What do aviation, chess, and Tae Kwon-Do have in common? They each have their own club here at Salt Lake Community College.
SLCC students come in all ages and from all different backgrounds. With such a wide variety of students attending the college, it only makes sense that there be an equally varied selection of clubs and organizations for students to join.
There are over 50 active clubs on campus. Among those are the above-mentioned clubs as well as many other hobby or interest-based clubs, such as the Video Game Club and the Capoeira Club. There are also clubs for specific ethnic groups like the Hispanic/Latino Student Club and the Pacific Unity Association (PUA). Other clubs, like the Environmental Club and SLCC Democrats, are more focused on social and political issues.
However, between classes and homework and jobs, finding time to get involved can be a challenge. For Hai Ho, Vice President of Club & Organizations at Salt Lake Community College, the benefits of participating in clubs far outweigh the sacrifices.
“It’s a chance to do something that I might not ever do again,” said Ho.
His activity in various clubs has given him the opportunity to develop his public-speaking skills, learn to organize and plan activities, and gain experience in leadership positions.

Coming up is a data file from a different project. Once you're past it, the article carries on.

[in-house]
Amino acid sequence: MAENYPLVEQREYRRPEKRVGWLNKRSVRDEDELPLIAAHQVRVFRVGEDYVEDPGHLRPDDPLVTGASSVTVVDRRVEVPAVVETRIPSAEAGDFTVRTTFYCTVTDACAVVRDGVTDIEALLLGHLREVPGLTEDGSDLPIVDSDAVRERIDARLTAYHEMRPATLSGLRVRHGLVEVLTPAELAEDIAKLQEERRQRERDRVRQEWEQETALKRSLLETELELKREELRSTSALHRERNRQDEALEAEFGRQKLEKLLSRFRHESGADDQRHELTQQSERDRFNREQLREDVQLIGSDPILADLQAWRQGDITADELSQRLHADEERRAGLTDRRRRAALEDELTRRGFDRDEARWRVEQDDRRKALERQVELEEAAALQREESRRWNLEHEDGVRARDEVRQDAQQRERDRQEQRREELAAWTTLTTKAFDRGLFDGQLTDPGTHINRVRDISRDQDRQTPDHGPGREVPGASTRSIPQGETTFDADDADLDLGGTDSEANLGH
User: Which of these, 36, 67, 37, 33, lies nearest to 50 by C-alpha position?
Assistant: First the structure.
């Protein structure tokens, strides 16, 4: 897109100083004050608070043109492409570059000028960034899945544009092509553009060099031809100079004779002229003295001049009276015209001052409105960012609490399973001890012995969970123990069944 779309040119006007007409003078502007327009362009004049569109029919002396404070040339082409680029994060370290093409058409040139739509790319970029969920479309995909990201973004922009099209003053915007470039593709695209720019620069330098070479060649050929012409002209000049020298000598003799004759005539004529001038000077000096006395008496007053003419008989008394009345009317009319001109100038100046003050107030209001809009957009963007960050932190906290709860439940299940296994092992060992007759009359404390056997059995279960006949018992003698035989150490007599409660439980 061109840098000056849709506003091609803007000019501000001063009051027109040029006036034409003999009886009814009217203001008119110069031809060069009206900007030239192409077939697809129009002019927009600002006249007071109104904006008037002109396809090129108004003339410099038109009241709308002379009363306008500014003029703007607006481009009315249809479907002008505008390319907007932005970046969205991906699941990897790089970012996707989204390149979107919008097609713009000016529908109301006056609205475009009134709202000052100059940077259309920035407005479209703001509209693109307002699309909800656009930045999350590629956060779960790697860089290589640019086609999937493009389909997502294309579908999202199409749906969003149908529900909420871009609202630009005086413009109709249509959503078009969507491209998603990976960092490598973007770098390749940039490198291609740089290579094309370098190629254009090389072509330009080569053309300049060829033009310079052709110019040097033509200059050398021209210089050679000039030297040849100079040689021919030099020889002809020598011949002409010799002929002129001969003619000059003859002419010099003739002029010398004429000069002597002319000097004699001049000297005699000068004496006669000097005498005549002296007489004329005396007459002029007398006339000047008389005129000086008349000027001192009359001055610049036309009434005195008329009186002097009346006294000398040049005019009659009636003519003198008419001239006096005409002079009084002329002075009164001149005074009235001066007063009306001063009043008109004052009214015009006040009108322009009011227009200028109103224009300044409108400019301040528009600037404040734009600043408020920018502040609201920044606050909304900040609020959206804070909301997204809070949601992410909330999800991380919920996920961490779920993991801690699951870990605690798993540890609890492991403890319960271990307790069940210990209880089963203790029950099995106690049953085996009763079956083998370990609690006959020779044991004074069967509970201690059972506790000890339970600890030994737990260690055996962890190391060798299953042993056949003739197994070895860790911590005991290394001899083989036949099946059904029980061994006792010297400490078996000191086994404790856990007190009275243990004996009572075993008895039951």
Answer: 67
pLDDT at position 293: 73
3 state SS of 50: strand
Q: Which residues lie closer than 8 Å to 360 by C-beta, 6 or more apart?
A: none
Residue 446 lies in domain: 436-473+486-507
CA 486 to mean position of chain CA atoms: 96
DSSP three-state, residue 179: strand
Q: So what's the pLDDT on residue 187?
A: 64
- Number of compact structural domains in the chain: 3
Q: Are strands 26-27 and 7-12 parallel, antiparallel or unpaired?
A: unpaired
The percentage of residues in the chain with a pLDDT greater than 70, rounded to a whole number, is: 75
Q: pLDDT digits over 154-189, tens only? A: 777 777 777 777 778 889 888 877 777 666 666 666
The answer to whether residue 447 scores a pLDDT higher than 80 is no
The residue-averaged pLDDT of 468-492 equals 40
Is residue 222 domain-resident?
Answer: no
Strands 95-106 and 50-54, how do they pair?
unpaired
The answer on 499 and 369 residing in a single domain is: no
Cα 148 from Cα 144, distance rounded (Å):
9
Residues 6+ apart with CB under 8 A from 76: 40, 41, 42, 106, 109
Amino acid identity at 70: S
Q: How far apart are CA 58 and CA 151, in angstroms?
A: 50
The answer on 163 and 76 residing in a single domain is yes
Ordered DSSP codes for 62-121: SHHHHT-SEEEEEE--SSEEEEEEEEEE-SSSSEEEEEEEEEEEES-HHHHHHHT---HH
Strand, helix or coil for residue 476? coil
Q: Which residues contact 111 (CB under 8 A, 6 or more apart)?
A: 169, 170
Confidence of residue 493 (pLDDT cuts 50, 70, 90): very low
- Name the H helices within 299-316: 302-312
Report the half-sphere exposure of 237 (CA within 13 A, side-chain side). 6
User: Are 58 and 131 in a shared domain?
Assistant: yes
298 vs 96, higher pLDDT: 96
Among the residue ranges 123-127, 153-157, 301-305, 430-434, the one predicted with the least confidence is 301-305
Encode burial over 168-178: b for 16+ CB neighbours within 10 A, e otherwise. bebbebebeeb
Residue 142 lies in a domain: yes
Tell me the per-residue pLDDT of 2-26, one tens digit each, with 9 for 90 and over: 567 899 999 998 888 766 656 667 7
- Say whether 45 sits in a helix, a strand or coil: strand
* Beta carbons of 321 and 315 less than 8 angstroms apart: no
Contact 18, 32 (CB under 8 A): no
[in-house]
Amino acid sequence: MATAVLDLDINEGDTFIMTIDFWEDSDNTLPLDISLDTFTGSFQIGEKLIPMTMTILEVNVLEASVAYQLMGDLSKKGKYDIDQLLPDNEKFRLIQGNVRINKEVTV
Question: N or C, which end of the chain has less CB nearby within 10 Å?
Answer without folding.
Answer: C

Ho admits that he didn’t have the most school spirit when he first started at SLCC. He confesses that what first caught his interest about clubs was the free food. From there, he became involved as an officer in the student government, eventually moving up to the position he now holds.
Ho and his fellow officers are currently planning to get clubs to work more closely with the Thayne Center, the on-campus civic participation, service-learning and volunteer organization. Each club is required to have a minimum of three activities and one service project per semester. Rather than working as individual clubs, the student government officers want them to pool their resources. If all the clubs worked with the Thayne Center in their efforts, their service projects could be far more effective and farther-reaching.
Not only do these service projects allow students to give back to the community, but they also help students develop lasting friendships.
In his experience, Ho has found that one of the greatest benefits of having clubs available is the sense of belonging they create. No matter how long students stay at SLCC, it’s possible to find a community where they belong.
Ho has also seen that clubs help students increase their civic engagement, develop leadership attributes, and learn to serve others.
Beyond the potential for personal growth, clubs can be a lot of fun as well.
“Try something new, even if it scares the heck out of you,” said Ho. “‘Cuz you just might like it.”
A list of current clubs and instructions on creating a new club are available on the SLCC Clubs & Organizations website at www.slcc.edu/sll/Clubs_Organizations.asp.